Susanna Kemp/Sagamore Staff
Shawarma King is a Lebanese restaurant on Beacon Street just outside of Coolidge Corner. At first glance, it seems like another fast food joint; a white sign taped to the window reads, “Don’t feel awful, eat Shawarma King falafel!” You pick up your food on paper plates at a counter, then sit down at one of the plastic tables.
Despite its appearance, the restaurant is comforting and the food is delicious. You can watch employees cook behind the counter, which gives Shawarma King a feel of family and home-cooked meals.
Although it revolves around meat (literally, as beef, lamb and chicken rotate on large spits, ready to be sliced off), the restaurant includes many options for vegetarians. The restaurant serves falafel in a sandwich or alone, tabbouli salad (small, $6.99), lentil soup ($3.99), fattoush with or without chicken, and other non-meat meals.
We began our meal with a small hummus ($6.99) drizzled with olive oil. However, it is also available topped with ground lamb or shawarma. The hummus had just the right amount of olive oil and paprika, making it rich and spicy.
The restaurant’s signature dish, a shawarma sandwich ($6.99), consists of slices of chicken or beef with pickles, tomatoes, cucumbers, onions, and tahini sesame sauce, all wrapped up in pita. The meat was juicy and the vegetables gave the sandwich a nice crunch.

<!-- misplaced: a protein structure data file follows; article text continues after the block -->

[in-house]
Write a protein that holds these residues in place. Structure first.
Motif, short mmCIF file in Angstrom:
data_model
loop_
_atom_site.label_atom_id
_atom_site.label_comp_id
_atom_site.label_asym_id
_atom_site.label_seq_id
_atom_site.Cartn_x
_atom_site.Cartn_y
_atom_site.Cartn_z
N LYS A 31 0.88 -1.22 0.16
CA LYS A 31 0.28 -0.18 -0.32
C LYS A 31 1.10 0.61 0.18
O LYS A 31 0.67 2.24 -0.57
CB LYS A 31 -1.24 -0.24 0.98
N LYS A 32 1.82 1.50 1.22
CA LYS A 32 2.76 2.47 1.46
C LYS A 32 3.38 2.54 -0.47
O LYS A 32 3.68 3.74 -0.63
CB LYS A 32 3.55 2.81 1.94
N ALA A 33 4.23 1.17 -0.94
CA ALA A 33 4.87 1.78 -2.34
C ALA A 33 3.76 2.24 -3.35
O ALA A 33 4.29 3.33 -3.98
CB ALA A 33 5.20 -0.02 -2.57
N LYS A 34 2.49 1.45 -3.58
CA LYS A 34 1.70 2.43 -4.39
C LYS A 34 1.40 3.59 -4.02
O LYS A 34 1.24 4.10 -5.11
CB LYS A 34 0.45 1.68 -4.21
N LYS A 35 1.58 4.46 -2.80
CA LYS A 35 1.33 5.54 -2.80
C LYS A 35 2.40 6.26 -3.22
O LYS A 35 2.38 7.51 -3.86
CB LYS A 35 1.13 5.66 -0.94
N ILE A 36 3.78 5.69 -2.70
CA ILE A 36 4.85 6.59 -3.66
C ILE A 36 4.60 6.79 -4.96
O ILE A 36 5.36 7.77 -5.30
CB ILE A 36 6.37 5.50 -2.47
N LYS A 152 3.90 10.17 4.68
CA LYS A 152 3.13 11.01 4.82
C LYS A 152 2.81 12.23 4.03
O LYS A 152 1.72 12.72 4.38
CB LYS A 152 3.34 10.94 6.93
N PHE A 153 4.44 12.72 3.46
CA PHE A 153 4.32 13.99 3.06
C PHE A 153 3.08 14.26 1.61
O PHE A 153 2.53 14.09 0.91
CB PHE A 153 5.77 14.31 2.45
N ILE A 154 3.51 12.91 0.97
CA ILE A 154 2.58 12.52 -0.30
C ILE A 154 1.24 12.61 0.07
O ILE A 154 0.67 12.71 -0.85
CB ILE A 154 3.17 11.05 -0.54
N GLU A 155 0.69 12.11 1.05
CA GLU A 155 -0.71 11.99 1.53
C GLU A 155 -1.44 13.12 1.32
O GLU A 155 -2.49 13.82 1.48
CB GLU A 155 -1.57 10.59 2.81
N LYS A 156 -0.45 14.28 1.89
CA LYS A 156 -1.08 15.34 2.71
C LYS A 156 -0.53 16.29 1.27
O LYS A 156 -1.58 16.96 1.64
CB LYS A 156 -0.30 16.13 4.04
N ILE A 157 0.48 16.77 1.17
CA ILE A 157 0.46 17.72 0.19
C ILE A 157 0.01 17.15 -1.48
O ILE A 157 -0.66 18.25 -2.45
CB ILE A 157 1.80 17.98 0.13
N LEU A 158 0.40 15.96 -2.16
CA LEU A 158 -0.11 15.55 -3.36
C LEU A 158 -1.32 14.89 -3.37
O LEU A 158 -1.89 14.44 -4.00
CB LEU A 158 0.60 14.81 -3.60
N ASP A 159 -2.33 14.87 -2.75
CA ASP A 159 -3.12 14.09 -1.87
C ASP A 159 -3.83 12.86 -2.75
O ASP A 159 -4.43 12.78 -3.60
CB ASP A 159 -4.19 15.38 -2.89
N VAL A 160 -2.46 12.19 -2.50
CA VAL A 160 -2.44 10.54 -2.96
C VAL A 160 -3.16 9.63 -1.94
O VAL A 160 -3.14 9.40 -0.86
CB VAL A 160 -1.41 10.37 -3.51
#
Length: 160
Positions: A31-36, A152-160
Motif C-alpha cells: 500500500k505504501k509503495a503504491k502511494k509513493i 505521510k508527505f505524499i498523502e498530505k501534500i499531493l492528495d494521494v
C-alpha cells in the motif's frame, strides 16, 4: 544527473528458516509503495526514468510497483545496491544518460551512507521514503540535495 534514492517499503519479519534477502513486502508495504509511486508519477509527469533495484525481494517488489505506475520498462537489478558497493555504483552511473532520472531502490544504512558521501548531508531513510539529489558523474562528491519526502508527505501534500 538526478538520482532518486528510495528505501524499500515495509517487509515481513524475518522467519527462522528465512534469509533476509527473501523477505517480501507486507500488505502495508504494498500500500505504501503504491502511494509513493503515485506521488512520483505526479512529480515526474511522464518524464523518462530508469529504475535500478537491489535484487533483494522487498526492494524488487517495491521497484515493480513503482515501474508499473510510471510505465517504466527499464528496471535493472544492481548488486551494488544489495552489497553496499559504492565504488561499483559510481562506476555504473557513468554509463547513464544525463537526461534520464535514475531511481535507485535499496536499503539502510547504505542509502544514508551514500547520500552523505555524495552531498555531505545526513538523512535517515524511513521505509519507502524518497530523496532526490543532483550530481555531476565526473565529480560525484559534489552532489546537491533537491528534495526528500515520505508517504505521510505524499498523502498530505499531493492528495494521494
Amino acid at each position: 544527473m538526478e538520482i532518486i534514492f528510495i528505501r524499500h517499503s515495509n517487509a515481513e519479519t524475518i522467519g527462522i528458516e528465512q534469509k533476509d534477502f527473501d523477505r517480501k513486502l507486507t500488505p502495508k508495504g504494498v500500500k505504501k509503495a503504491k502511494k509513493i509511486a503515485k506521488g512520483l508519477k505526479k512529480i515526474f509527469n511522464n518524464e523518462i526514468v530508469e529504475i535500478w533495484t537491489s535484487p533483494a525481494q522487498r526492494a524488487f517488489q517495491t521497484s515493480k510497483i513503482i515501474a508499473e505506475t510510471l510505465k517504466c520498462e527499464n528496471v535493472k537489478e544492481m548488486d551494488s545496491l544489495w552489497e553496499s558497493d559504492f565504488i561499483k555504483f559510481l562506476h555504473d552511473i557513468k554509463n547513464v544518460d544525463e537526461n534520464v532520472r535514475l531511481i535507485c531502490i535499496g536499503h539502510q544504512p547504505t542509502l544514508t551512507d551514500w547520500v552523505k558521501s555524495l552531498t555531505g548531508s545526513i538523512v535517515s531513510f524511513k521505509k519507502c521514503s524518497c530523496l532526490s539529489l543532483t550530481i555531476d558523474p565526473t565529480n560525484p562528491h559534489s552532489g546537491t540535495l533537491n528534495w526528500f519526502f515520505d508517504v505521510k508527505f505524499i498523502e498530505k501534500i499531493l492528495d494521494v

The falafel sandwich ($6.49) is similar to the shawarma sandwich, the only difference being that falafel replaces the meat. The fried chickpea balls were chewy and satisfying. Although we enjoyed both the shawarma and falafel sandwich, we did think that the wraps had an overabundance of onions.
The fattoush (small, without chicken, $6.99) is a nice option for a lighter meal. The salad comes with cubes of cucumbers and tomatoes, as well as pieces of pita.
We also ordered a lamb kibby ($13.99), a Lebanese meatloaf made with bulgur. The beef was a little dry, but the yogurt sauce on the side moistened the dish.
The restaurant also offers an array of both canned sodas and house-made beverages, including fruit juices ($2.99), lassis ($2.99), and lemonade ($1.99). The lemonade is tart and refreshing, and an infusion of rose water makes it unique.
Although all the other food we ordered was fantastic, the standout of the day was the dessert: a small, square pastry called a Bird’s Nest ($2.25). The crispy phyllo offset the sweetness of the syrup that was poured over the pistachio filling, and the pastry was a perfect mix of nuttiness, sweetness, and saltiness.
Shawarma King is perfect if you’re on the go and want a quick but tasty bite to eat, or if you’d like to hang out with friends in a relaxing environment.